The demise came a week after the Madras HC allowed for the 42-year-old elephant's mercy killing, which was decried by devotees who wished for her natural death.

Ailing TN temple elephant dies a natural death days after Madras HC allowed euthanasia SalemOnline/Facebook
news Death Sunday, April 22, 2018 - 10:45

An ailing temple elephant in Salem died a natural death on Saturday, just days after the Madras High Court allowed its mercy killing. The demise comes in the middle of protests by devotees who wished for the elephant's natural demise and rallied against the court order.

The elephant, Rajeswar, the 42-year-old pachyderm at the famous Sri Sugavaneshwarar temple in Salem, had been suffering from acute Tuberculosis for the last 10 year of which she was cured few years ago. Recently, her legs stopped functioning rendering her immobile. Her situation worsened when she fell and injured her left leg. She was bedridden and this led to sores developing all over her body.  

The animal finally passed away at 12:20 pm on Saturday, a senior official of the Animal Husbandry department told The Hindu.

Thousands of devotees had been thronging to see the elephant since Monday even as she was being treated by a group of veterinarians and supervised by experts.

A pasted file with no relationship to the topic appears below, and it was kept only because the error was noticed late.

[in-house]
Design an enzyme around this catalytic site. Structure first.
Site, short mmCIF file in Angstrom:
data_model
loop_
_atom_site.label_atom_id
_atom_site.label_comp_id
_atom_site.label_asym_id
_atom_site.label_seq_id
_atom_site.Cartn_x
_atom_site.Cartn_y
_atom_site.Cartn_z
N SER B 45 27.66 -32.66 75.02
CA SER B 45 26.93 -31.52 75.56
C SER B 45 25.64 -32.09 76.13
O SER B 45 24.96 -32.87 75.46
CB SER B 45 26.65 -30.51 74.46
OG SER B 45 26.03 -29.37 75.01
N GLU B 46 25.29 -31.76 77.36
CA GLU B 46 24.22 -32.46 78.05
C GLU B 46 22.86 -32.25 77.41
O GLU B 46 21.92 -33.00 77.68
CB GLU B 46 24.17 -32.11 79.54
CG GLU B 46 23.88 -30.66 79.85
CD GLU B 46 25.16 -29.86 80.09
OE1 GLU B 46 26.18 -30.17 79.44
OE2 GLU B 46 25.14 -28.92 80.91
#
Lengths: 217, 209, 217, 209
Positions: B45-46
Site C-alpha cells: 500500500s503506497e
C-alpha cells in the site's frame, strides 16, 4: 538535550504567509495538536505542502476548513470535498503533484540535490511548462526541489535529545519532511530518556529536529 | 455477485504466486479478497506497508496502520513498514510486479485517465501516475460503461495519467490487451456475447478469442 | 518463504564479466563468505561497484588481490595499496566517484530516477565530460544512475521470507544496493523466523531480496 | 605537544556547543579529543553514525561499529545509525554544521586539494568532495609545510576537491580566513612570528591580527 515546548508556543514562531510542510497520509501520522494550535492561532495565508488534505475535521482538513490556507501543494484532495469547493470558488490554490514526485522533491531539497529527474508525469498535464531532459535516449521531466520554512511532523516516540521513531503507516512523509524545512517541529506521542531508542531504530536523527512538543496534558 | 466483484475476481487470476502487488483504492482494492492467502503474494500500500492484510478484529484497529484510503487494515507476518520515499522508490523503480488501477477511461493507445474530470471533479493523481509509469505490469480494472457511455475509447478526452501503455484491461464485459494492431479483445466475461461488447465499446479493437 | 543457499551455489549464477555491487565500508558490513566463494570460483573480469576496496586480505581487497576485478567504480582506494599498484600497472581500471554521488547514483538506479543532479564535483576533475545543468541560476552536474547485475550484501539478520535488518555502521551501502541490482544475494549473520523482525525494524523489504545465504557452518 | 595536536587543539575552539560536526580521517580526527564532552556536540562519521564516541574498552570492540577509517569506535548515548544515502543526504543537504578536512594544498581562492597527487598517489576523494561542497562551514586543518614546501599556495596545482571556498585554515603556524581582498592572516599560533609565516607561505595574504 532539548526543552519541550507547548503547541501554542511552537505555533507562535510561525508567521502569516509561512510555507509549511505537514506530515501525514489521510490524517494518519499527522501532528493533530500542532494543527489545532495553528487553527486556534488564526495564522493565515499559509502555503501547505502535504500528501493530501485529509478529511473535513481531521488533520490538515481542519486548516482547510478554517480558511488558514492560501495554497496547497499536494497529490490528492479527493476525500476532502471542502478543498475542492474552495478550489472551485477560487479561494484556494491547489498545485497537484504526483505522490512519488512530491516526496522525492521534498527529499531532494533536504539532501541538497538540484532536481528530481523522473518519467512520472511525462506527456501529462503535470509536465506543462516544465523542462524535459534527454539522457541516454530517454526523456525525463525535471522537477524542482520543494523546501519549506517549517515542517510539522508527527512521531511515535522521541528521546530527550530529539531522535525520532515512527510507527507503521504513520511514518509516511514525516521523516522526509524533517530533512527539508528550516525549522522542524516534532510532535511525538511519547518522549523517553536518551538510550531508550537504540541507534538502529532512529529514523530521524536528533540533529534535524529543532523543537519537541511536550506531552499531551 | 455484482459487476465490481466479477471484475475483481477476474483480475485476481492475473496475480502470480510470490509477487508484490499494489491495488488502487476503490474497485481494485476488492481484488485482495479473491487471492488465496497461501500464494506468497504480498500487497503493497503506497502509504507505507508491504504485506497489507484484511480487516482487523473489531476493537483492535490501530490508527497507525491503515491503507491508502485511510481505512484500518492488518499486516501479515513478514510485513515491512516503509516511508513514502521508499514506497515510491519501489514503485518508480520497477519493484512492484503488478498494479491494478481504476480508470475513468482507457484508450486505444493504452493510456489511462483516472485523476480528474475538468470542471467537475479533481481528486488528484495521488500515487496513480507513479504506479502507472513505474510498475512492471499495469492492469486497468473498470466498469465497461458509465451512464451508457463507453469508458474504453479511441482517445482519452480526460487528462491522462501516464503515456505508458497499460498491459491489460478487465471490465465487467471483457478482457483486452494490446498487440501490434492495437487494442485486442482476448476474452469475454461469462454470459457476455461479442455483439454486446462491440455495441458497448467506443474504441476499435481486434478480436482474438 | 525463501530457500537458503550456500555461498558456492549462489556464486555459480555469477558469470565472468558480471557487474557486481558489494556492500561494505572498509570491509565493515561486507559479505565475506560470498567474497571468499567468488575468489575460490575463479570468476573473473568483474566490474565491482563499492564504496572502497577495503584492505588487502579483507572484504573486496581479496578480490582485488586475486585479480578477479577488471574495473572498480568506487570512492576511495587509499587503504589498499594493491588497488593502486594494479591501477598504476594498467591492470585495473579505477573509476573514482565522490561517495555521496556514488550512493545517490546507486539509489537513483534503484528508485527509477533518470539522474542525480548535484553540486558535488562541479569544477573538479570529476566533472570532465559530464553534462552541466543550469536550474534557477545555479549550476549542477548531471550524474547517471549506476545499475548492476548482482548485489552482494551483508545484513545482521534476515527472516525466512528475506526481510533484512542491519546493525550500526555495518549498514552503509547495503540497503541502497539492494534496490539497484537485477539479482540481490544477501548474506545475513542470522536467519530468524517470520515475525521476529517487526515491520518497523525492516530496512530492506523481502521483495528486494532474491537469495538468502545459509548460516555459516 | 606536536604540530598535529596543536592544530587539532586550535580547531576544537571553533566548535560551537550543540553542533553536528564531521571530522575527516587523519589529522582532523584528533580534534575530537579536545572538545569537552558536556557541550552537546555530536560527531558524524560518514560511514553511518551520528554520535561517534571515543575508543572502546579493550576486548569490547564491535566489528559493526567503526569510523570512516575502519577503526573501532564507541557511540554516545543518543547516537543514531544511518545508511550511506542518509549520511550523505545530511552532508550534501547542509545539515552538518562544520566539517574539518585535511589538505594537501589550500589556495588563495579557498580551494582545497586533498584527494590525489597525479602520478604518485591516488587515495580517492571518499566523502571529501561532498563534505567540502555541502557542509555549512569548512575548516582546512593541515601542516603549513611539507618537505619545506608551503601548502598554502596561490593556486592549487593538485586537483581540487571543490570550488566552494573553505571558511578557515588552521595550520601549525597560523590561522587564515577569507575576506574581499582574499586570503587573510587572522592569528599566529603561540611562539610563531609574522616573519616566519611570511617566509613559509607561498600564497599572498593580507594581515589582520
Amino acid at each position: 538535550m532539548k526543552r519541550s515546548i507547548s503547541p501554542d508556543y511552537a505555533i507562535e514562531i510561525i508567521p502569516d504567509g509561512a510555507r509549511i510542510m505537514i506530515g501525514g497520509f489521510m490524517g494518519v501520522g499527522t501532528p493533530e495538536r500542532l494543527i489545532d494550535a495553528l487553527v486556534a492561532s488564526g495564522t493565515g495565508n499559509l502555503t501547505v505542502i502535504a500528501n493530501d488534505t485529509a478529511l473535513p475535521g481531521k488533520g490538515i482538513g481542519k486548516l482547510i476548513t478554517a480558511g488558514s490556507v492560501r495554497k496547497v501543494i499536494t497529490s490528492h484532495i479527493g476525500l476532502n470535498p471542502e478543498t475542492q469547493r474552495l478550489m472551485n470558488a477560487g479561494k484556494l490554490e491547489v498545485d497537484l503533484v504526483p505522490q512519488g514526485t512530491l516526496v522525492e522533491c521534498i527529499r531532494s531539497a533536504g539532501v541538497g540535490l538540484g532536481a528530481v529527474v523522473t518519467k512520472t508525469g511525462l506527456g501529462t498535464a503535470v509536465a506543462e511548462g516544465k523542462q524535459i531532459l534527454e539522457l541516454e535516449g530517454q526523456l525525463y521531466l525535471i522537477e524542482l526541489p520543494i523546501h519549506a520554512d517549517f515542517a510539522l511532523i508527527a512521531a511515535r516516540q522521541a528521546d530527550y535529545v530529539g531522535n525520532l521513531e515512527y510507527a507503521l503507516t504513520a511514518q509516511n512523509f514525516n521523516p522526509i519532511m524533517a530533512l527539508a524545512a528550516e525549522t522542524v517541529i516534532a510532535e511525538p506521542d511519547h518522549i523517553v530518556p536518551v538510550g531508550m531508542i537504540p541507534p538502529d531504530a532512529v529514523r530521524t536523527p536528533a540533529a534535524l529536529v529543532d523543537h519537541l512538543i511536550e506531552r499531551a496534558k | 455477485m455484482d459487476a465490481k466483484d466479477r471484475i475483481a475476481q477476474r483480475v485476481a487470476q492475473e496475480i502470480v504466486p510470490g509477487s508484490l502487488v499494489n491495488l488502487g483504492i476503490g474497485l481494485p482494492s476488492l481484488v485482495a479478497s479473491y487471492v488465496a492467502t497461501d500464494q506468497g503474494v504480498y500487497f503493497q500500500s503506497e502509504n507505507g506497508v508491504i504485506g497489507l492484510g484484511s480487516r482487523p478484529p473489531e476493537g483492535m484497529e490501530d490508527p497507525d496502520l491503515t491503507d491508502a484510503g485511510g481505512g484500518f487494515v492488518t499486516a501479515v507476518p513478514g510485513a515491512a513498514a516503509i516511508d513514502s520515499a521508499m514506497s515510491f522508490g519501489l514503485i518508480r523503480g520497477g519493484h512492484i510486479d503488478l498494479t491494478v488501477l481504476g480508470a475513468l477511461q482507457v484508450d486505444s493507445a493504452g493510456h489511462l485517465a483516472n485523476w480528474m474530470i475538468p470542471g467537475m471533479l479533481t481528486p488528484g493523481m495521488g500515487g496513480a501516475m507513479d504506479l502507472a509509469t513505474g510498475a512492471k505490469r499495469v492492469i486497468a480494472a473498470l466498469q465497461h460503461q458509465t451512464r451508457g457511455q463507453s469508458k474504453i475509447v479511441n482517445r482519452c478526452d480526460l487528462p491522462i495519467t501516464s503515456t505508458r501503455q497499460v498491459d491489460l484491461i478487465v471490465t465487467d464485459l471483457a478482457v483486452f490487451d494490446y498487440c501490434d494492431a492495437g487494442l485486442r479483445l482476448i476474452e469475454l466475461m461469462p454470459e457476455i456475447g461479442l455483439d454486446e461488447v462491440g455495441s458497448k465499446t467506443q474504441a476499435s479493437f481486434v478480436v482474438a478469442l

Last week, the Madras HC ordered that the elephant can be administered euthanasia if a local veterinary officer inspected her and certified that prolonging her life is only going to add to its suffering.

Following this, a team of veterinarians from the Tamil Nadu Veterinary and Animal Sciences University (Tanuvas) visited and examined the elephant, and submitted a report to the court, according to media reporters.

However, this report asked for the treatment of the elephant to be continued, Salem District Collector, Rohini R Bhajibhakare, was quoted as saying.

Wishing for the elephant's natural demise, devotees had also considered moving the Supreme Court to oppose the mercy killing order.

As news of Rajeswari's demise spread, several devotees gathered to pay their respects. Garlands and wreaths were laid on her and the priest of the temple reportedly conducted ‘atirumanjana abhisekam’ and covered the animal in a silk shawl.

After the rituals, a team of specialists from the Veterinary College and Research Institute, Namakkal, did an autopsy on her remains. The elephant was then buried in the Gorimedu premises in the evening, stated the report. 

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